The fixed portion of an interest-rate swap, expressed as a percentage rather than as a premium or a discount to a reference rate.

The absolute rate is a combination of the reference rate and the premium or discounted fixed percentage. For example, if the LIBOR is 3% and the fixed interest portion of the swap is at a 7% premium, the absolute rate is 10%.

www.tandfonline.com [PDF]

… In this case, we interchange the risk and the rate of return and consider the following problem … American Journal of Agricultural Economics, 53: 53–62 … [Crossref], [Google Scholar]; Konno, H. 2003. Portfolio optimization of small scale funds using mean-absolute deviation model …

www.jstor.org [PDF]

… In this case, we interchange the risk and the rate of return and consider the following problem … American Journal of Agricultural Economics, 53: 53–62 … [Crossref], [Google Scholar]; Konno, H. 2003. Portfolio optimization of small scale funds using mean-absolute deviation model …

onlinelibrary.wiley.com [PDF]

… In this case, we interchange the risk and the rate of return and consider the following problem … American Journal of Agricultural Economics, 53: 53–62 … [Crossref], [Google Scholar]; Konno, H. 2003. Portfolio optimization of small scale funds using mean-absolute deviation model …

www.tandfonline.com [PDF]

… In this case, we interchange the risk and the rate of return and consider the following problem … American Journal of Agricultural Economics, 53: 53–62 … [Crossref], [Google Scholar]; Konno, H. 2003. Portfolio optimization of small scale funds using mean-absolute deviation model …

link.springer.com [PDF]

… In this case, we interchange the risk and the rate of return and consider the following problem … American Journal of Agricultural Economics, 53: 53–62 … [Crossref], [Google Scholar]; Konno, H. 2003. Portfolio optimization of small scale funds using mean-absolute deviation model …

link.springer.com [PDF]

… In this case, we interchange the risk and the rate of return and consider the following problem … American Journal of Agricultural Economics, 53: 53–62 … [Crossref], [Google Scholar]; Konno, H. 2003. Portfolio optimization of small scale funds using mean-absolute deviation model …

www.jstor.org [PDF]

… In this case, we interchange the risk and the rate of return and consider the following problem … American Journal of Agricultural Economics, 53: 53–62 … [Crossref], [Google Scholar]; Konno, H. 2003. Portfolio optimization of small scale funds using mean-absolute deviation model …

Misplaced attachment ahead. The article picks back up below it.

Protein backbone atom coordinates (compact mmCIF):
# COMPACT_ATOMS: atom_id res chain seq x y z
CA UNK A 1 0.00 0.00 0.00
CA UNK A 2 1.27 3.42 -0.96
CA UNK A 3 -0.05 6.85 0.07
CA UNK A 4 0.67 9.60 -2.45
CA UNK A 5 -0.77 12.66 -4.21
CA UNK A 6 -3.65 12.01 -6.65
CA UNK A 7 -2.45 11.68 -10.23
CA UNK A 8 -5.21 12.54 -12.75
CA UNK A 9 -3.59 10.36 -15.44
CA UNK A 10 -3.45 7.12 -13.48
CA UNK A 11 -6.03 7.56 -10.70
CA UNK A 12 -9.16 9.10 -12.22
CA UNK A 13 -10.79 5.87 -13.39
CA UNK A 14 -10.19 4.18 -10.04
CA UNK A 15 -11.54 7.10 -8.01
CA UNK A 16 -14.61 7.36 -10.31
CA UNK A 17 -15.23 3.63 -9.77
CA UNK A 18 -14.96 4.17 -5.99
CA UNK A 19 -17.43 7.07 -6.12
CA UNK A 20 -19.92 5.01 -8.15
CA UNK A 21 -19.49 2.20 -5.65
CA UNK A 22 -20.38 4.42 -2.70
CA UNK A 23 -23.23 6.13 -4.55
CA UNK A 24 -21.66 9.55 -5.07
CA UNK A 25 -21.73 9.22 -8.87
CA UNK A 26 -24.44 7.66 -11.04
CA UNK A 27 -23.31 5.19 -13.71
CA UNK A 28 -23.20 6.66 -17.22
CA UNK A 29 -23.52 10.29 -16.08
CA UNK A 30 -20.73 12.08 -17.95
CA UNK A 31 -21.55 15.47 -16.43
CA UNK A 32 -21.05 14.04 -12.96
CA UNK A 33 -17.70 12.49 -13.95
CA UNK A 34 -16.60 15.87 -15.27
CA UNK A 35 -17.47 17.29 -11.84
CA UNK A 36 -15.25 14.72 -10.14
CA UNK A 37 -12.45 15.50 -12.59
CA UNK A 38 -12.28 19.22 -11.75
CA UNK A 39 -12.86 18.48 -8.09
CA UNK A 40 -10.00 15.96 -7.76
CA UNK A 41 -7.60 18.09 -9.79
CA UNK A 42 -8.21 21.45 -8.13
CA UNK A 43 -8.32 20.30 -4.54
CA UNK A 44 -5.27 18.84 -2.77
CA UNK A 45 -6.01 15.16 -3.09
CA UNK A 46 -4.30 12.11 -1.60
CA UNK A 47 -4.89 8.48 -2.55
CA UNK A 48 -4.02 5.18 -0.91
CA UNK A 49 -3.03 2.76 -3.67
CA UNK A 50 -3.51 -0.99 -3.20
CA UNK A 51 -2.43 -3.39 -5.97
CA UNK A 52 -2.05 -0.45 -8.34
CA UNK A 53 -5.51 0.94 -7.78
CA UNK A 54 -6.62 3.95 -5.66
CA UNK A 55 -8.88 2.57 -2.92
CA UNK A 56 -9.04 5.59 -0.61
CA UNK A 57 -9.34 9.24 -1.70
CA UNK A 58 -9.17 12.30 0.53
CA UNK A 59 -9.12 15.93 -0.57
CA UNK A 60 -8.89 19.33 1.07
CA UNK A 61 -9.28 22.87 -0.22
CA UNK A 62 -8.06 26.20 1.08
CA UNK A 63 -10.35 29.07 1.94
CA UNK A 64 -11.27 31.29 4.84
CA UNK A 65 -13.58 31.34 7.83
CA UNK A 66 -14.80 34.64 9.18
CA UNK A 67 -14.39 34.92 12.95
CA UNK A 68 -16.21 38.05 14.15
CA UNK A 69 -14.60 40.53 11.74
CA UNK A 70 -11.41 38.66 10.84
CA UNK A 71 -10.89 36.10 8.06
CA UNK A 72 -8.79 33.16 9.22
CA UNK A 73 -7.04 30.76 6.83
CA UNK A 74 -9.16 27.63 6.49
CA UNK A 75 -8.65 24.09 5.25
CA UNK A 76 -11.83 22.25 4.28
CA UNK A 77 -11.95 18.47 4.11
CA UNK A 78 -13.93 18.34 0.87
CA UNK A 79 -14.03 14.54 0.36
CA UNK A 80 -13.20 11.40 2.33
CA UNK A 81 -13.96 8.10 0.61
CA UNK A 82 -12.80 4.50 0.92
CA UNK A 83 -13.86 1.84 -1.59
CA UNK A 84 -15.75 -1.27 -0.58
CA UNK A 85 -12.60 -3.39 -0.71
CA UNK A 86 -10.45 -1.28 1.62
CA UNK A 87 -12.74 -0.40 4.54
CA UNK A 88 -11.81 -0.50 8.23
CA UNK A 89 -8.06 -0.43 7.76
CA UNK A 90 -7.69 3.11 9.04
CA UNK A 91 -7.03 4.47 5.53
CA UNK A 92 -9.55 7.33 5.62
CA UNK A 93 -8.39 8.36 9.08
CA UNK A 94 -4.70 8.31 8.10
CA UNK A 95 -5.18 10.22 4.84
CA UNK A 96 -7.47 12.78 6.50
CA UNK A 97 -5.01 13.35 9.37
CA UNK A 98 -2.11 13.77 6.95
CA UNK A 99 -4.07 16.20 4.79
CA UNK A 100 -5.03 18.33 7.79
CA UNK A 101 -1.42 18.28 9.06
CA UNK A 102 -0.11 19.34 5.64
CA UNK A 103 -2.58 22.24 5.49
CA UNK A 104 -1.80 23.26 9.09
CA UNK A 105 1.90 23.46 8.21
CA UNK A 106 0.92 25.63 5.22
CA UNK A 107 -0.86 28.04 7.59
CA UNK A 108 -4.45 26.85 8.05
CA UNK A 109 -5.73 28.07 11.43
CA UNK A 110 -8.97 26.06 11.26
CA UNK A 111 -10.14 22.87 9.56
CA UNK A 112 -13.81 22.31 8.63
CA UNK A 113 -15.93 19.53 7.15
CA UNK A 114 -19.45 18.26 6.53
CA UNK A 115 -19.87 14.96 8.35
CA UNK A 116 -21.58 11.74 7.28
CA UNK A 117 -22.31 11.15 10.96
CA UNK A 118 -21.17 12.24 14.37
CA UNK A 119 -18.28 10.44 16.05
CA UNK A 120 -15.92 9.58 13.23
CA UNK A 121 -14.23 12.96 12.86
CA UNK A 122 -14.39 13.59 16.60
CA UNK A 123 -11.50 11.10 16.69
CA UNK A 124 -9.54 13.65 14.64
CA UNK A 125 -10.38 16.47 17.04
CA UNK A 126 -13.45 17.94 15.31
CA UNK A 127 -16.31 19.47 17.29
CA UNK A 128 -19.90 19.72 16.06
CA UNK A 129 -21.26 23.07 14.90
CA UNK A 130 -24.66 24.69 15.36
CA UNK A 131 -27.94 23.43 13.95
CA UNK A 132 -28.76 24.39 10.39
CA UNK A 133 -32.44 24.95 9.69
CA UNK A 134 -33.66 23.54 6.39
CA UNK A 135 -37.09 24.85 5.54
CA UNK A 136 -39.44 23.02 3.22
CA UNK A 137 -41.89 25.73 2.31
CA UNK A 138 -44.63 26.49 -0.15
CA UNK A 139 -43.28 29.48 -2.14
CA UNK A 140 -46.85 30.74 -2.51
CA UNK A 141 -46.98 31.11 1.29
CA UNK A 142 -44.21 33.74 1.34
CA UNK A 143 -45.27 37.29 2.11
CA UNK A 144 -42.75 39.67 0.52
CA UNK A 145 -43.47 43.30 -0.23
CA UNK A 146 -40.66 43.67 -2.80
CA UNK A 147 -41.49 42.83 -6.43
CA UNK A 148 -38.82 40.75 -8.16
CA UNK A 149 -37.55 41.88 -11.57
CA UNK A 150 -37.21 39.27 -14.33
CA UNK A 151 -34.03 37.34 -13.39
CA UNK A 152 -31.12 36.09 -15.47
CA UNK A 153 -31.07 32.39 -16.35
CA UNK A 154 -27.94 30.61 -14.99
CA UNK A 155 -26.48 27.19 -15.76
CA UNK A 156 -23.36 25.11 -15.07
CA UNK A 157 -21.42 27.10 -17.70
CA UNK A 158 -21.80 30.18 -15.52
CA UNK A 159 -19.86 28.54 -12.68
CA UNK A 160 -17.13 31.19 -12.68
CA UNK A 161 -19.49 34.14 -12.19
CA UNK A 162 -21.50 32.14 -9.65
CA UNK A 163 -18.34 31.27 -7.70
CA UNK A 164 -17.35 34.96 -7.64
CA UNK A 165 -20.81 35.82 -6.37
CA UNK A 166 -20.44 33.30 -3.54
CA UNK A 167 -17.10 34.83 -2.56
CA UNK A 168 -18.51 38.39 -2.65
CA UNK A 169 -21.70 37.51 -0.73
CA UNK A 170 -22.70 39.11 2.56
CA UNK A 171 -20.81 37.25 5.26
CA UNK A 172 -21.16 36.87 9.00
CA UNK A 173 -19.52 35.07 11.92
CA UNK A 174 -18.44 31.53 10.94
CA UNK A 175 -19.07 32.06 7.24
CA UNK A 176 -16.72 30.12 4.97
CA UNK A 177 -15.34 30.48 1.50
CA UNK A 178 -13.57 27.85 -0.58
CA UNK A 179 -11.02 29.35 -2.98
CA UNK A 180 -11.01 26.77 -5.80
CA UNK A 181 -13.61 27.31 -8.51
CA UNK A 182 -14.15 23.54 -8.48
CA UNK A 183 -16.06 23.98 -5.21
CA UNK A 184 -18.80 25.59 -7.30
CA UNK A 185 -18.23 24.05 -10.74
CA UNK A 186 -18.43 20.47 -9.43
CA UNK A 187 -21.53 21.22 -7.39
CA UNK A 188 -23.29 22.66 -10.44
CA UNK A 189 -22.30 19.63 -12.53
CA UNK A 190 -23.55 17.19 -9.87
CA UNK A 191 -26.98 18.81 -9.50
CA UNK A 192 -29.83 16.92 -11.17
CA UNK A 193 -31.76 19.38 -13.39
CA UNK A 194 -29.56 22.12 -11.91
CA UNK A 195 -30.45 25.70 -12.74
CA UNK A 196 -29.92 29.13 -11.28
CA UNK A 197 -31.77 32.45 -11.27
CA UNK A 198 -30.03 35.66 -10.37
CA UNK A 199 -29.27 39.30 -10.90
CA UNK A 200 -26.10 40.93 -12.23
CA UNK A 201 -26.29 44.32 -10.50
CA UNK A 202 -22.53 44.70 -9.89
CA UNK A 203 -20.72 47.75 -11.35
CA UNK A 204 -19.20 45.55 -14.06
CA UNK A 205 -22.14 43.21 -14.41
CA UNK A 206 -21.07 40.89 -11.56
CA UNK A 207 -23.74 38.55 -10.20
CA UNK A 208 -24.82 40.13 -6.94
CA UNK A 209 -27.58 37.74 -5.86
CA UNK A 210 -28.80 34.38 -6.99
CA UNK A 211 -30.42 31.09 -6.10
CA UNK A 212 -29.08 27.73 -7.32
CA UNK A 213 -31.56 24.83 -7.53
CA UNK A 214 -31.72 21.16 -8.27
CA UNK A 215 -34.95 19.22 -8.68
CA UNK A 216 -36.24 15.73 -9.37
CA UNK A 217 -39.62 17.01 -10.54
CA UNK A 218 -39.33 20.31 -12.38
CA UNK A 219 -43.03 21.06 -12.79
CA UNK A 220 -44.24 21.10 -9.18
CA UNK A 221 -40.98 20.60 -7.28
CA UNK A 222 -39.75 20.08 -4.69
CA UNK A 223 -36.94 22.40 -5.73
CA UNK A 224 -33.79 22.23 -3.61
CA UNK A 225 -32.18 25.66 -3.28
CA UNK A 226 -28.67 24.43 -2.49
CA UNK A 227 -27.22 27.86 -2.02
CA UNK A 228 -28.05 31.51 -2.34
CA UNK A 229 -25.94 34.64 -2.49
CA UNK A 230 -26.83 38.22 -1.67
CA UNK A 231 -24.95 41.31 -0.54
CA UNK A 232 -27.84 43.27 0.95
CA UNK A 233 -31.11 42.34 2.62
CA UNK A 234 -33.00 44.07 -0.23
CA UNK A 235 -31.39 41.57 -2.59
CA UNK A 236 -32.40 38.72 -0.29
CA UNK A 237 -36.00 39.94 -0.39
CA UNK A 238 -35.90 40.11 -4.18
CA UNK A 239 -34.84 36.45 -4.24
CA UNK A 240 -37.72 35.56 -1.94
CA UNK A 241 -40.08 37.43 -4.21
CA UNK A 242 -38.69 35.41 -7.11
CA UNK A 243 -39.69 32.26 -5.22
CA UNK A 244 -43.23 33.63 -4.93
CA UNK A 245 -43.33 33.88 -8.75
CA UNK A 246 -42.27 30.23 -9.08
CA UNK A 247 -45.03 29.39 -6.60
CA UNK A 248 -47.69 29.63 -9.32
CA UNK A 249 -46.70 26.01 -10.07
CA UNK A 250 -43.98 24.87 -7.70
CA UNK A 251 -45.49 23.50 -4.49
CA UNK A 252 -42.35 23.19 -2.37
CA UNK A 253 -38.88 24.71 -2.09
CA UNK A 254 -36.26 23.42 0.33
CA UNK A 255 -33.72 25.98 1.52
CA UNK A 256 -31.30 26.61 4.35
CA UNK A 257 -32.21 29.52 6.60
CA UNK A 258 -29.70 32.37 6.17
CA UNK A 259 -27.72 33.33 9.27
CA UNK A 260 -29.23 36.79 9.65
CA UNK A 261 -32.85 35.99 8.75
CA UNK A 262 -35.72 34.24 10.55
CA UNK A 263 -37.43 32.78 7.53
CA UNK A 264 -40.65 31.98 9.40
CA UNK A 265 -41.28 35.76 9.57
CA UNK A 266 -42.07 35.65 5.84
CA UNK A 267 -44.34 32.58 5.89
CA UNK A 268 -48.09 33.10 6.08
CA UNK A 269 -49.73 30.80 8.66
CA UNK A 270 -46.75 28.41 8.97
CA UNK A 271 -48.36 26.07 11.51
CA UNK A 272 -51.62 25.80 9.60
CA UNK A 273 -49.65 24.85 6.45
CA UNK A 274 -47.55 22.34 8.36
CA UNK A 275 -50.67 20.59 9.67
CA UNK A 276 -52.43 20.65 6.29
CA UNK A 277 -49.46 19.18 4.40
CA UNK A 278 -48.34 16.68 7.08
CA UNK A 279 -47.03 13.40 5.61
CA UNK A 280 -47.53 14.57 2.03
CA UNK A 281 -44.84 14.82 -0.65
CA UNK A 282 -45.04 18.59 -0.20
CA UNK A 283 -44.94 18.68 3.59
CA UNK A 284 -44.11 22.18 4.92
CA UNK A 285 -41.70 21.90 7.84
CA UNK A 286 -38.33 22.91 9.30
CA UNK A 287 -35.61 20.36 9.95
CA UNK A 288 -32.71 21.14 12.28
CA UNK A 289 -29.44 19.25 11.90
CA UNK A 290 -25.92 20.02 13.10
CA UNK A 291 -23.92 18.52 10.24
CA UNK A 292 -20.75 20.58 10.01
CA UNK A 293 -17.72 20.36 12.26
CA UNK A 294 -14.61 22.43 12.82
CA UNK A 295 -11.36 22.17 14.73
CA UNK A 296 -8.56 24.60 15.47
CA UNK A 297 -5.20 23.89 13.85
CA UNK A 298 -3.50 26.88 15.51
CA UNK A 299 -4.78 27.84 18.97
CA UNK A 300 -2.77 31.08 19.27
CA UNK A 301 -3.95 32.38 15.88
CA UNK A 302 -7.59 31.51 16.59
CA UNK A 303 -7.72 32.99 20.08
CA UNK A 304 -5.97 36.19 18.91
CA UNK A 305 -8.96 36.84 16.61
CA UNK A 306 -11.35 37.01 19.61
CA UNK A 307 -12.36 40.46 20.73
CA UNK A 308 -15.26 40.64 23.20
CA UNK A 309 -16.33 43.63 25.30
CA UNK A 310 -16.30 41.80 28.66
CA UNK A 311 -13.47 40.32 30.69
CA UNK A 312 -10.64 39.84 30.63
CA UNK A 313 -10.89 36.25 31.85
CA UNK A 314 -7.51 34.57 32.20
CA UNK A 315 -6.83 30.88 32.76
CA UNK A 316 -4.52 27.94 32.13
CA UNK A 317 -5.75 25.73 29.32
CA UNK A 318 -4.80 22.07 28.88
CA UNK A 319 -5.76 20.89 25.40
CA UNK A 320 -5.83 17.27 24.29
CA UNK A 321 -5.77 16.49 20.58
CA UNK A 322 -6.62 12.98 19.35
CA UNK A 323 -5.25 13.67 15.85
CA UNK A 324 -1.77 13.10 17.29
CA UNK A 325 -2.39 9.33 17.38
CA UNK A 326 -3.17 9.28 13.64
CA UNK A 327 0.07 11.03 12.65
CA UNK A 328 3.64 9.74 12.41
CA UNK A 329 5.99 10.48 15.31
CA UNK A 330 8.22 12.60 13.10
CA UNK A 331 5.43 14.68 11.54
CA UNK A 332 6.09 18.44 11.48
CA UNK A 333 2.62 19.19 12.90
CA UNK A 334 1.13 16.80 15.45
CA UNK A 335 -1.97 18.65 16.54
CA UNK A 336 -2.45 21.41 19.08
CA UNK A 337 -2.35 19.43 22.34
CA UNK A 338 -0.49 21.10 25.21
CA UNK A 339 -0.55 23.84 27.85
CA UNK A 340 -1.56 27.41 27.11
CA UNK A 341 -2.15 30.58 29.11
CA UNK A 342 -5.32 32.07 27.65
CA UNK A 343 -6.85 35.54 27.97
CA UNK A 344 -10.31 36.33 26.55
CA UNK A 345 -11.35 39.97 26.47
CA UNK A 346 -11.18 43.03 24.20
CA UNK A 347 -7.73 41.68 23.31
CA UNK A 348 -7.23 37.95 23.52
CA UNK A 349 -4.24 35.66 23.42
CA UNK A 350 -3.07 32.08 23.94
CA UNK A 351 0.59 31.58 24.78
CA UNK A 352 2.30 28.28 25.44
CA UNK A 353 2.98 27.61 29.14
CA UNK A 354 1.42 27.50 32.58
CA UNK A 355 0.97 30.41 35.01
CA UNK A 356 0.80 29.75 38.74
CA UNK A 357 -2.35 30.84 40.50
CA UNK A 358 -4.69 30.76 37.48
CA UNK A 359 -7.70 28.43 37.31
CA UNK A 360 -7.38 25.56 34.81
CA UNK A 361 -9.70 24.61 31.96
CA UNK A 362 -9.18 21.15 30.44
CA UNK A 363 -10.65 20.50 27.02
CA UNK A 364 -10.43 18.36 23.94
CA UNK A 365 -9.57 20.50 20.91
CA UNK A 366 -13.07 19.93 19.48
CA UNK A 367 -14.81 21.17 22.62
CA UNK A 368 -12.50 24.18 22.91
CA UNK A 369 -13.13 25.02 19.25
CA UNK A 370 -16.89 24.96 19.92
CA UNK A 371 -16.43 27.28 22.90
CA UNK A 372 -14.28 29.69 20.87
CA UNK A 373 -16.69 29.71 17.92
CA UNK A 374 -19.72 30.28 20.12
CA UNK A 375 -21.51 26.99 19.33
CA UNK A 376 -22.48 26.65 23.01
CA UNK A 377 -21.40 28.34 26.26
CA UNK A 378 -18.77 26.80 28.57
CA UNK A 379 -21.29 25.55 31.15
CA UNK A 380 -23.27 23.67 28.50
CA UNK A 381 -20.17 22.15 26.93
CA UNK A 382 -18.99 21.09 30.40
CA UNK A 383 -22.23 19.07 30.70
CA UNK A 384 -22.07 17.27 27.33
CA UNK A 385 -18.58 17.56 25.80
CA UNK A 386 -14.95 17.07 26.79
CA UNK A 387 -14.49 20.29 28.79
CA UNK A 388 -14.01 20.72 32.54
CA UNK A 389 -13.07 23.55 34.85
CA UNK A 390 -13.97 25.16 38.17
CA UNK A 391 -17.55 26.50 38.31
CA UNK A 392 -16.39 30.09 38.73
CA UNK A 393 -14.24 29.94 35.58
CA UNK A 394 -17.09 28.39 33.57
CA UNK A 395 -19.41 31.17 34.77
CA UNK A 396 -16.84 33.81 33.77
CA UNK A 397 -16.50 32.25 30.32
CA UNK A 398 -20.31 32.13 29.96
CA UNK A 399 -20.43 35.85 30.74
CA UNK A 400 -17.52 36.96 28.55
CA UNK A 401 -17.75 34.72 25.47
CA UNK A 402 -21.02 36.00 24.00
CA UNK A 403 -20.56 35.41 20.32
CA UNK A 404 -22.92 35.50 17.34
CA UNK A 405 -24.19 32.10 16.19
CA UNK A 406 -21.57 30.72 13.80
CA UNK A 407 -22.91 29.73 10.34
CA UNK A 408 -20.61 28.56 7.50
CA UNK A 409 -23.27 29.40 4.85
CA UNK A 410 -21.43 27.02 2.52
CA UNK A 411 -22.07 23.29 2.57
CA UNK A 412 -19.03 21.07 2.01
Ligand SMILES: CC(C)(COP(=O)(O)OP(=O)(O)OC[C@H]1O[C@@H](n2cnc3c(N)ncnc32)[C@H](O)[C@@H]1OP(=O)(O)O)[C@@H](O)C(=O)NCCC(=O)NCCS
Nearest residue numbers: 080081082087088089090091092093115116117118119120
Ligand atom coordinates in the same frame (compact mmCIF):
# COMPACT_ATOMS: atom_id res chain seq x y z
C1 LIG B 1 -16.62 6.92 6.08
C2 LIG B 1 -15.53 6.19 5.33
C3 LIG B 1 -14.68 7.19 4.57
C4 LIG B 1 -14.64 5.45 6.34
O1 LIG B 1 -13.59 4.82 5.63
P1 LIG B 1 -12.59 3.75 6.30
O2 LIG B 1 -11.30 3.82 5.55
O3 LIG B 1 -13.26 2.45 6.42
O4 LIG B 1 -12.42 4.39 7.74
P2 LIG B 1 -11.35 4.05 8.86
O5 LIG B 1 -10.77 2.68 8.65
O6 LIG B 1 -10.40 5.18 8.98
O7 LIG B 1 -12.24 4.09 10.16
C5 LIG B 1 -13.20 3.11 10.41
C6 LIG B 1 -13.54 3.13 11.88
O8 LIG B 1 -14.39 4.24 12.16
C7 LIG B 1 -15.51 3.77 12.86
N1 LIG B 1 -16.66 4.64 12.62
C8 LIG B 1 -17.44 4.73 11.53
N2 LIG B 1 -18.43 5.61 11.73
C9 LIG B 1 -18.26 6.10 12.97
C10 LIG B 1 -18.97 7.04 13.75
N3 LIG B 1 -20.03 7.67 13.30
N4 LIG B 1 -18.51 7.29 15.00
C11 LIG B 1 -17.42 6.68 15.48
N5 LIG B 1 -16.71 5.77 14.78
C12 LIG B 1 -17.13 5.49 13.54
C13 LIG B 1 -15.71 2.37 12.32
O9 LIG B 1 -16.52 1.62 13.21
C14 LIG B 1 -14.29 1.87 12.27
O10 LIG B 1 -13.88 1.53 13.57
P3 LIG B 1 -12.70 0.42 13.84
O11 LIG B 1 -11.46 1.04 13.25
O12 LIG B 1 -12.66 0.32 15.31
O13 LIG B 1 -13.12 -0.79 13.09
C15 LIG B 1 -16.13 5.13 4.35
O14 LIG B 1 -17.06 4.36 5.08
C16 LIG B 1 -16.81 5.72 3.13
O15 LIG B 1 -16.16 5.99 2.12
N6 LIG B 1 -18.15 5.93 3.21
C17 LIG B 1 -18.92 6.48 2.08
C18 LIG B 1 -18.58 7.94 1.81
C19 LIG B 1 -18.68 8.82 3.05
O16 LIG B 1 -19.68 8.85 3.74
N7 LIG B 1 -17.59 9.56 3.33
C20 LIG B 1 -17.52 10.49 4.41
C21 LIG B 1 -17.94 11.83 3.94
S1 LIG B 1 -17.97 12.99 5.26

onlinelibrary.wiley.com [PDF]

… In this case, we interchange the risk and the rate of return and consider the following problem … American Journal of Agricultural Economics, 53: 53–62 … [Crossref], [Google Scholar]; Konno, H. 2003. Portfolio optimization of small scale funds using mean-absolute deviation model …

www.sciencedirect.com [PDF]

… In this case, we interchange the risk and the rate of return and consider the following problem … American Journal of Agricultural Economics, 53: 53–62 … [Crossref], [Google Scholar]; Konno, H. 2003. Portfolio optimization of small scale funds using mean-absolute deviation model …

Tags:advantagebasedbasicbetabusinesscalculatedcasecompanycomparativeconsumptioncostcountrydecisionsdefinitiondifferenceeconomiceconomicseconomyeuroexchangefinancefinancialfixedincomeinterestinternationallondonminimumnominalnumberopportunityparitypeoplepowerpricepricesproductpurchasingrateratesratiorealstockswaptermstradevaluationworld

Absolute rate means a combination of reference rates and premiums or discounts.

The fixed portion of an interest-rate swap is a percentage that represents the difference between the reference rate and the premium or discount.

You can calculate it by subtracting any discount from 100%, multiplying by 100, adding any premium to this number, and dividing by 100. For example, if LIBOR is at 5%, then you can take 95%-5%=90%, multiply that by 100=9000, add 5%-0%=5%, divide that by 100=0.05. This gives you 9%.

An example would be if LIBOR was at 3% and there was a 7% premium, then the absolute rate would be 10%. Another example would be if LIBOR was at 3% but there was no premium, then the absolute rate would be 0%.